Melanie Stollstorff

Melanie Stollstorff

Office: AHC4 452; (305) 348-7961
Dr. Stollstorff's E-Mail
Stollstorff Lab Website

Education and Training

Research Associate, Institute of Cognitive Science, Department of Psychology & Neuroscience, University of Colorado Boulder, Boulder, CO

Ph.D., Lifespan Cognitive Neuroscience, Dept. of Psychology, Georgetown University, Washington, DC

M.A., Brain, Behaviour & Cognitive Science Program, Dept. of Psychology, York University, Toronto, Ontario, Canada

Hon.B.Sc., Psychology, University of Toronto, Ontario, Canada

Research Interests

Dr. Stollstorff studies the neurobiological bases for individual differences in the way we think and feel (cognition & emotion), using a general framework: genes to brain to behavior. Genes that influence neurotransmitter function (e.g., DAT1/dopamine, 5-HTTLPR/serotonin, BDNF) can relate to differences in functional brain activation (e.g., in prefrontal cortex, striatum, amygdala) and in turn, to individual differences in cognition/emotion/behavior (e.g., executive function, reasoning bias, emotional reactivity). Most of Dr. Stollstorff’s work focuses on higher level thinking and feeling, such as executive function, emotional regulation, and deductive reasoning bias. What role do genes play in the modulation of emotion-cognition interaction? How do genes influence response to treatment (medication or behavioral intervention) in children with ADHD? How do genes that contribute to biases in logical reasoning influence the brain during legal decisions, especially under highly emotional circumstances? Using the combination of behavioral, fMRI, genetic and pharmacological techniques, Dr. Stollstorff studies both healthy adults and children and those with neuropsychological disorders to answer these questions.

Select Publications

Stollstorff, M. (2013). Genes of Rationality: Building Blocks for The Neurobiology of Reasoning. In W. De Neys & M. Osman (Eds.), New Approaches in Reasoning, Current Issues in Thinking & Reasoning. New York: Psychology Press.

Stollstorff, M., Munakata, Y., Jensen, A.P.C., Guild, R.M., Smolker, H.R., Devaney, J.M., Banich, M.T. (2013). Individual differences in emotion-cognition interactions: Emotional valence interacts with serotonin transporter genotype to influence brain systems involved in emotional reactivity and cognitive control. Frontiers in Human Neuroscience, 7, 327.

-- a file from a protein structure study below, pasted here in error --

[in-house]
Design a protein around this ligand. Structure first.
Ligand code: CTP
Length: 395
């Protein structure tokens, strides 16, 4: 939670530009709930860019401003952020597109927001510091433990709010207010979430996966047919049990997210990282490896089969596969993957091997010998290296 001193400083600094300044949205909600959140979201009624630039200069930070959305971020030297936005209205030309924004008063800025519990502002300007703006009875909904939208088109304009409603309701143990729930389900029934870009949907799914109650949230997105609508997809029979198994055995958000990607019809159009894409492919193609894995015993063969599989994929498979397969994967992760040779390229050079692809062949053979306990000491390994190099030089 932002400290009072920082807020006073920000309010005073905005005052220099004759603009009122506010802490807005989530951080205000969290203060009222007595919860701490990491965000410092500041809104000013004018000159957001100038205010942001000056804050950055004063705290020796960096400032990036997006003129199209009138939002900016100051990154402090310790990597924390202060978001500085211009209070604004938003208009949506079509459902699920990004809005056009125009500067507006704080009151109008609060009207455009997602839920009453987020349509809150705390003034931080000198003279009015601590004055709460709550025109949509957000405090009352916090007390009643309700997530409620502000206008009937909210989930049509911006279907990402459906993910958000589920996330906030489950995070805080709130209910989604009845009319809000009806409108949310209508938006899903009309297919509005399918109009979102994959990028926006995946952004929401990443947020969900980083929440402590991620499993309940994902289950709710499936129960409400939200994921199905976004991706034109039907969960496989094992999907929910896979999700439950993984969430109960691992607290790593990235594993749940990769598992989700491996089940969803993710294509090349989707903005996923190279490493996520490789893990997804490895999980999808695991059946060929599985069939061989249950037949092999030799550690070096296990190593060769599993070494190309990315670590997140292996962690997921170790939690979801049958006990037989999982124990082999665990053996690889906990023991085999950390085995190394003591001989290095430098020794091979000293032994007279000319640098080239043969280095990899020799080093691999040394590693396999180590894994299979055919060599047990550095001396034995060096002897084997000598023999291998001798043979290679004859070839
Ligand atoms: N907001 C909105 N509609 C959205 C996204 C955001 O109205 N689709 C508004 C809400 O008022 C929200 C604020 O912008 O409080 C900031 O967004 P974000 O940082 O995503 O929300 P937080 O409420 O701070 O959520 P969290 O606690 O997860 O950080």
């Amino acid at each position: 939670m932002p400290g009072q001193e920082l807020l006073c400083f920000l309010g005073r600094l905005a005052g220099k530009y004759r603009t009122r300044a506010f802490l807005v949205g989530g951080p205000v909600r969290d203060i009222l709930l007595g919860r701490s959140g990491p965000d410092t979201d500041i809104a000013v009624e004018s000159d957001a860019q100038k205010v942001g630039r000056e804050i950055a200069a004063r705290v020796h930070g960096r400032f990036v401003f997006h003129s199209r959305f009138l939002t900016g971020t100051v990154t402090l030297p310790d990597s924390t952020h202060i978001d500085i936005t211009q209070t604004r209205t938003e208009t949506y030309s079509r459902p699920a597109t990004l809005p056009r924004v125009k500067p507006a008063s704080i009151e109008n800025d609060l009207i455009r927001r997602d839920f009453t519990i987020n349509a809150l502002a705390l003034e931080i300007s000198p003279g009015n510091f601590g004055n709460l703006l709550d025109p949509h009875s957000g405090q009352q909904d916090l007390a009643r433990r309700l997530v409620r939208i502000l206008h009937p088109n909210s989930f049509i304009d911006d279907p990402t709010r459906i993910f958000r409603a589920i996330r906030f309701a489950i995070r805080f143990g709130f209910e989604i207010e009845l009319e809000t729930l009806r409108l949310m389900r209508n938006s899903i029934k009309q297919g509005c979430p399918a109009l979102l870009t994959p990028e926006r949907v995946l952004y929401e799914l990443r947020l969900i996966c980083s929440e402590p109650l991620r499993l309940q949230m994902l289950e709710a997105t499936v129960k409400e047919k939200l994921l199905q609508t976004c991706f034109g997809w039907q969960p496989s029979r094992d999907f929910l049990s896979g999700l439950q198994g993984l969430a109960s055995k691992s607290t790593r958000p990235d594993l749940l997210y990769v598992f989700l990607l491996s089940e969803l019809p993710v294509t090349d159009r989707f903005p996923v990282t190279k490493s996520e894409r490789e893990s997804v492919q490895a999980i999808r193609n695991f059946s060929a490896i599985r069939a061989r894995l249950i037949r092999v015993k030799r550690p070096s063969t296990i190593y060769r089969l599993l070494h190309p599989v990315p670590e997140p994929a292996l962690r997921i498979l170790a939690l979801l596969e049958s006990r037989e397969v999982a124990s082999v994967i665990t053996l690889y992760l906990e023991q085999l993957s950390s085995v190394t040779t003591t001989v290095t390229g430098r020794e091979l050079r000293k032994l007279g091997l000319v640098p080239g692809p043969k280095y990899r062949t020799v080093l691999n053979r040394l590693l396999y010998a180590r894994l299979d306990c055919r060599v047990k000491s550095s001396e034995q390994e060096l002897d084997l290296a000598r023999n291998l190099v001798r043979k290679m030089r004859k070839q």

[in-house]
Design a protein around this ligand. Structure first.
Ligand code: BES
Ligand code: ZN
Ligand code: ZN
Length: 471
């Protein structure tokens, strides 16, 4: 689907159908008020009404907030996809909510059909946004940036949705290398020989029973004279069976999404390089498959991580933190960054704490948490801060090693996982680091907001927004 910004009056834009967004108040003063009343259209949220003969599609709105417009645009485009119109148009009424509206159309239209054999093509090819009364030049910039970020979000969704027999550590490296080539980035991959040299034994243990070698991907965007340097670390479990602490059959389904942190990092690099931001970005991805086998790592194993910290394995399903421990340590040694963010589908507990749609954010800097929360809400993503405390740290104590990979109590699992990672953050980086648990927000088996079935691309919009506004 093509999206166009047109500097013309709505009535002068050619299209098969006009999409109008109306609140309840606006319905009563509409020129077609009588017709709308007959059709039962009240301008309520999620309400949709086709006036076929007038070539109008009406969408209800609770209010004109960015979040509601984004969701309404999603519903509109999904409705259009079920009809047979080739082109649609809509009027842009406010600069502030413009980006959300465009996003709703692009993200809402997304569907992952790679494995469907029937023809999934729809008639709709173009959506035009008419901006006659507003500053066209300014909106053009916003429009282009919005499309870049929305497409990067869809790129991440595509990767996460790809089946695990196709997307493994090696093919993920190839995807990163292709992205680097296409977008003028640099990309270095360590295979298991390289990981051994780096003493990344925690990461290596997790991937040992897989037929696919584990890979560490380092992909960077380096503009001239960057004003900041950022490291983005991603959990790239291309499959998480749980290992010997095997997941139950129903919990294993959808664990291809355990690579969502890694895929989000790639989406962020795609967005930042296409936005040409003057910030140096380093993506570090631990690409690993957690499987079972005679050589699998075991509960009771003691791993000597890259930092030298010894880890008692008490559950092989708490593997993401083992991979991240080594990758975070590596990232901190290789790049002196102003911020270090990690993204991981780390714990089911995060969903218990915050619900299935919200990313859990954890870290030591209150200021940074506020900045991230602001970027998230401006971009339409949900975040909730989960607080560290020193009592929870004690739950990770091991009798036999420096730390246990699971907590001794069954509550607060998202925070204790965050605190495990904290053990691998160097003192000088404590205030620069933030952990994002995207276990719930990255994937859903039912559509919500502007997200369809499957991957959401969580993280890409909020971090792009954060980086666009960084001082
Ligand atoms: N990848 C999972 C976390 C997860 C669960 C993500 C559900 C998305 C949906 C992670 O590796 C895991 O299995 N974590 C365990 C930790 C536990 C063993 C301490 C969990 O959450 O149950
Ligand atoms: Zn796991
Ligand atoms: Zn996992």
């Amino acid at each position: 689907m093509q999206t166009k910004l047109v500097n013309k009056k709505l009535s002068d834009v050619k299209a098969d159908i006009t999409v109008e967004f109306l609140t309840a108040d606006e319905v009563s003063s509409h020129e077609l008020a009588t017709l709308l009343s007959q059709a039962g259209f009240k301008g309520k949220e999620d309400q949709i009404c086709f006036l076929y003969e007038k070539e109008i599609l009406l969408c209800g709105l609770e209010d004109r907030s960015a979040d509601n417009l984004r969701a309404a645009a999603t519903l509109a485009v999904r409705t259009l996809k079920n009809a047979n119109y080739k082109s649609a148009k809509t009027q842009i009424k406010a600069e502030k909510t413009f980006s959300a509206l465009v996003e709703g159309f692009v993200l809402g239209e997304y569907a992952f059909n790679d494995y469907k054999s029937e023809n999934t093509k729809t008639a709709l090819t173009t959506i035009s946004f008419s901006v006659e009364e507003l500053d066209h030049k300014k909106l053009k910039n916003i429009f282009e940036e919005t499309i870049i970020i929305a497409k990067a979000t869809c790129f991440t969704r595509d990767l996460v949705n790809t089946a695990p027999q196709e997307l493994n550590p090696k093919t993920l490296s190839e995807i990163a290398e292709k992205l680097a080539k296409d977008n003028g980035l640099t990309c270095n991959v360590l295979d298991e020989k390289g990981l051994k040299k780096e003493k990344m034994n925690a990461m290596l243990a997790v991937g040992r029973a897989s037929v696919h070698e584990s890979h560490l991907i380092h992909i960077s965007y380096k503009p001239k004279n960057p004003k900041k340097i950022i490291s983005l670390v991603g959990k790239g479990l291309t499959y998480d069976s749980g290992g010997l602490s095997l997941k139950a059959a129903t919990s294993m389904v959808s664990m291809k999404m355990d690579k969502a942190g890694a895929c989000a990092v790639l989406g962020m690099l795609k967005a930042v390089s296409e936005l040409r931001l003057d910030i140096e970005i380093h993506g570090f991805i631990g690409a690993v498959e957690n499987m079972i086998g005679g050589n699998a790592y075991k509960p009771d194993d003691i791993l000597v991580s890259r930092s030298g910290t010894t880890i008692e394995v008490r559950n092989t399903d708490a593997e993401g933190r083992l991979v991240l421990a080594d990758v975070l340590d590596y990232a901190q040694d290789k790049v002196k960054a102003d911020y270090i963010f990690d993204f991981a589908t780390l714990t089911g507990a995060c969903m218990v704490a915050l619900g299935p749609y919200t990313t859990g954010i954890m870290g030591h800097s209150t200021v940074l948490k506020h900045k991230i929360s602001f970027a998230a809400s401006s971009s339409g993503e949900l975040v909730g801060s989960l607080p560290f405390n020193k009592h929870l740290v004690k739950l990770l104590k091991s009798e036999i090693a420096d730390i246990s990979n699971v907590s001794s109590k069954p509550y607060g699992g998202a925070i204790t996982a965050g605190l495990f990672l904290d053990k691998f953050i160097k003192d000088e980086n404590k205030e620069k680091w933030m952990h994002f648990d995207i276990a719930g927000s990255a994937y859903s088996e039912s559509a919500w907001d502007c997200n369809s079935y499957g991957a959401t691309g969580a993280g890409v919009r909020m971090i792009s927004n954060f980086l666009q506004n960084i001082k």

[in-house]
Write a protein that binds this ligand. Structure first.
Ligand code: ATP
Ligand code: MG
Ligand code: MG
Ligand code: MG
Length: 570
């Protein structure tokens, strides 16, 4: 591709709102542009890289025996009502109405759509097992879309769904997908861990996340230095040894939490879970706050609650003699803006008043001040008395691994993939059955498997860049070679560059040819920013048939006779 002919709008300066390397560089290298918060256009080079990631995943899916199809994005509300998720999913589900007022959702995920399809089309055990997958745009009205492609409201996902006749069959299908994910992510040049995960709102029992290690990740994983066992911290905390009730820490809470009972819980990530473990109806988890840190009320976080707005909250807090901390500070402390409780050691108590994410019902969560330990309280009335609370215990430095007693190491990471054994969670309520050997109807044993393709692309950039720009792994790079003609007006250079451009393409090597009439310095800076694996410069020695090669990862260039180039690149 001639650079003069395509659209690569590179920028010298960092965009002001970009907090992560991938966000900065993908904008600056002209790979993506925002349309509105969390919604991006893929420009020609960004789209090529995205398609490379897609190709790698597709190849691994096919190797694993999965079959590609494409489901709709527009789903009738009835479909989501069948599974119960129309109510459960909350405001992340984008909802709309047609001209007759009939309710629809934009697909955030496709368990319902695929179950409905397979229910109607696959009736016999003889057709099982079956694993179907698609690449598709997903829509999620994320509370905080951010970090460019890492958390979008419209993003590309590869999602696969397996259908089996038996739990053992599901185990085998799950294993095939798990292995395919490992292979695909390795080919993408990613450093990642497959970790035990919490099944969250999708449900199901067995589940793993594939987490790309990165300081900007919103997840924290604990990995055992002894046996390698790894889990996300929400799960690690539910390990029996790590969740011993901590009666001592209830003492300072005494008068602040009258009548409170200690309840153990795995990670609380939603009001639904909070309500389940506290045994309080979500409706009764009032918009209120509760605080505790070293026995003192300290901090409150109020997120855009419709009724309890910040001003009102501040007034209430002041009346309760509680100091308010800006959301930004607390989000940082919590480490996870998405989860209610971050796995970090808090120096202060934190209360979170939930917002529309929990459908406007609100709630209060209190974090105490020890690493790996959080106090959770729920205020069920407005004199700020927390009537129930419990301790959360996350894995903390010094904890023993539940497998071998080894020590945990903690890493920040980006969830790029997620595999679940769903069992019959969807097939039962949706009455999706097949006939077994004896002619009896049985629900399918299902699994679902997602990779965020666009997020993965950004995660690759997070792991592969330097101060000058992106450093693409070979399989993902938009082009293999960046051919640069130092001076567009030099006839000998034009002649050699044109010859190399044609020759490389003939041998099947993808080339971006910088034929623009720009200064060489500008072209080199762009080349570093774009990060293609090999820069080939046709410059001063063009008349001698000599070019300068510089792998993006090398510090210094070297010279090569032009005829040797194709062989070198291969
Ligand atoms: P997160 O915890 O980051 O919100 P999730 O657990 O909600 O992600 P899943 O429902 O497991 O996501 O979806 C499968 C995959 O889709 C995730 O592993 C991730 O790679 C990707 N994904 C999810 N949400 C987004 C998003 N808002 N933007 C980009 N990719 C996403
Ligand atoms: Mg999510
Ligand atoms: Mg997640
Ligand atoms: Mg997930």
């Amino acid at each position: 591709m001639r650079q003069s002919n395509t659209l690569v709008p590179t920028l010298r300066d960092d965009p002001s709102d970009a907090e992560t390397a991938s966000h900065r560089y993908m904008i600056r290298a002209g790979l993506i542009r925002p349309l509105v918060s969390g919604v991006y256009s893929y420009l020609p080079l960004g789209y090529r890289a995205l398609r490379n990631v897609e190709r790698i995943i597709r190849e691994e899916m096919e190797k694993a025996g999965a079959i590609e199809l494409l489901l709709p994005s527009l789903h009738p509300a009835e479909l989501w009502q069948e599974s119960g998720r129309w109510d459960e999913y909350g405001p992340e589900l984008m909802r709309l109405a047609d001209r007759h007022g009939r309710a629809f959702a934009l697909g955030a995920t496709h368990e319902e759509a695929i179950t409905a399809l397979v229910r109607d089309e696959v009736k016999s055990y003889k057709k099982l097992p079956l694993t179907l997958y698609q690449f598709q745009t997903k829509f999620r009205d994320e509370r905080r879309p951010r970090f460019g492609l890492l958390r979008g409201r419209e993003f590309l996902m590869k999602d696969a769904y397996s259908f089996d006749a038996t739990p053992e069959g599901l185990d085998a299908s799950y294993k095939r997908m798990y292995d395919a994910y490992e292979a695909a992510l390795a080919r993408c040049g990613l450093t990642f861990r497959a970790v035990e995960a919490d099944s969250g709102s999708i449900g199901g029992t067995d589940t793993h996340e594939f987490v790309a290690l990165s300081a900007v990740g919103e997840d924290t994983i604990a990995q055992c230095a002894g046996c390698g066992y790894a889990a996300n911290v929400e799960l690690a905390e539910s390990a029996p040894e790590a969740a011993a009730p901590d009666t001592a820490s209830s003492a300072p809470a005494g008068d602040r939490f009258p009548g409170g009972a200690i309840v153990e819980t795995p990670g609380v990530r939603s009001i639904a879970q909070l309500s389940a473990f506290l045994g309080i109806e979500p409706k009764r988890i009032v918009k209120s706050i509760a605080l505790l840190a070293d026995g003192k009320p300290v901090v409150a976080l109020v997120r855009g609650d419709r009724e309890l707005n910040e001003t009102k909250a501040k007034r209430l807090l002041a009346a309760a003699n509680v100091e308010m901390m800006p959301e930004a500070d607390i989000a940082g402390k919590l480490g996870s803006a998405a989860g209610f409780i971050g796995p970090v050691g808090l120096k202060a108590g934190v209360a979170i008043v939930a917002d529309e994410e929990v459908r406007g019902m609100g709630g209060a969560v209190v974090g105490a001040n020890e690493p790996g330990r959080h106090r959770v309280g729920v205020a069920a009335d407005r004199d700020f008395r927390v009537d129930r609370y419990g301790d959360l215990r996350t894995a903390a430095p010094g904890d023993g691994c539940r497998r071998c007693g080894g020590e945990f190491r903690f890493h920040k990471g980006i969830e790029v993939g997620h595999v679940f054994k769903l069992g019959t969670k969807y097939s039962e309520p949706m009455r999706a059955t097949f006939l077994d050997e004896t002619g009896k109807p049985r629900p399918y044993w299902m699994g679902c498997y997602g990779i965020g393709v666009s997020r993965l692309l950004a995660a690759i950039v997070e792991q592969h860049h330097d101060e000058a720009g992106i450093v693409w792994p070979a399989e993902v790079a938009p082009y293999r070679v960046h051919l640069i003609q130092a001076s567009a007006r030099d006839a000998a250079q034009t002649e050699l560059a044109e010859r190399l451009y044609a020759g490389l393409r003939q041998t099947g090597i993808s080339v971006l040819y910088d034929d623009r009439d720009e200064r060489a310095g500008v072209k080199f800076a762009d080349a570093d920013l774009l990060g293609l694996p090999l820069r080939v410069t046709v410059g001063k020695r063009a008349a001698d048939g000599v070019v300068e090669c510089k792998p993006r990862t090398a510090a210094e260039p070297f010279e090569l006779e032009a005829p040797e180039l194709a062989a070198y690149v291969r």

Stollstorff, M., Bean, S.E., Anderson, L.M., Devaney, J.M., Vaidya, C.J. (2013). Rationality versus Emotionality: Serotonin transporter genotype influences reasoning bias. Social, Cognitive & Affective Neuroscience, 8, 404-409.

Gordon, E.M., Stollstorff, M., Devaney, J.M., Vaidya, C.J. (2012). Effect of dopamine transporter genotype on intrinsic functional connectivity depends on cognitive state. Cerebral Cortex, 22, 2182-2196.

Stollstorff, M., Vartanian, O., Goel, V. (2012). Levels of conflict in reasoning modulate right lateral prefrontal cortex. Brain Research, 1428, 24-32.

Gordon, E.M., Stollstorff, M., Vaidya, C.J. (2012). Using spatial multiple regression to identify intrinsic connectivity networks involved in working memory performance. Human Brain Mapping, 33, 1536-1552.

Simon, J.R., Stollstorff, M., Westbay, L.C., Vaidya, C.J., Howard, J.H. Jr., Howard, D.V. (2011). Dopamine transporter genotype predicts implicit sequence learning. Behavioral Brain Research, 216, 452-457.

tollstorff, M., Foss-Feig, J., Cook, E.H., Stein, M.A., Gaillard, W.D., Vaidya, C.J. (2010). Neural response to working memory load varies by dopamine transporter genotype in children. NeuroImage, 53, 970-977.

Goel, V., Stollstorff, M., Nakic, M., Knutson, K., Grafman, J. (2009). A role for right ventrolateral prefrontal cortex in reasoning about indeterminate relations. Neuropsychologia, 47, 2790-2797.

Vaidya, C.J., Stollstorff, M. (2008). Cognitive neuroscience of Attention Deficit Hyperactivity Disorder: Current status and working hypotheses. Developmental Disabilities Research Reviews, 14, 261-267.

Kadis, D.S., Stollstorff, M., Elliott, I., Lach, L., Smith, M.L. (2004). Cognitive and psychological predictors of everyday memory in children with intractable epilepsy. Epilepsy & Behavior, 5, 37-43.

Courses Taught

Senior Seminar in Cognitive Neuroscience
Senior Seminar in Genes, Brain & Behavior
Cognitive Neuroscience (Graduate level)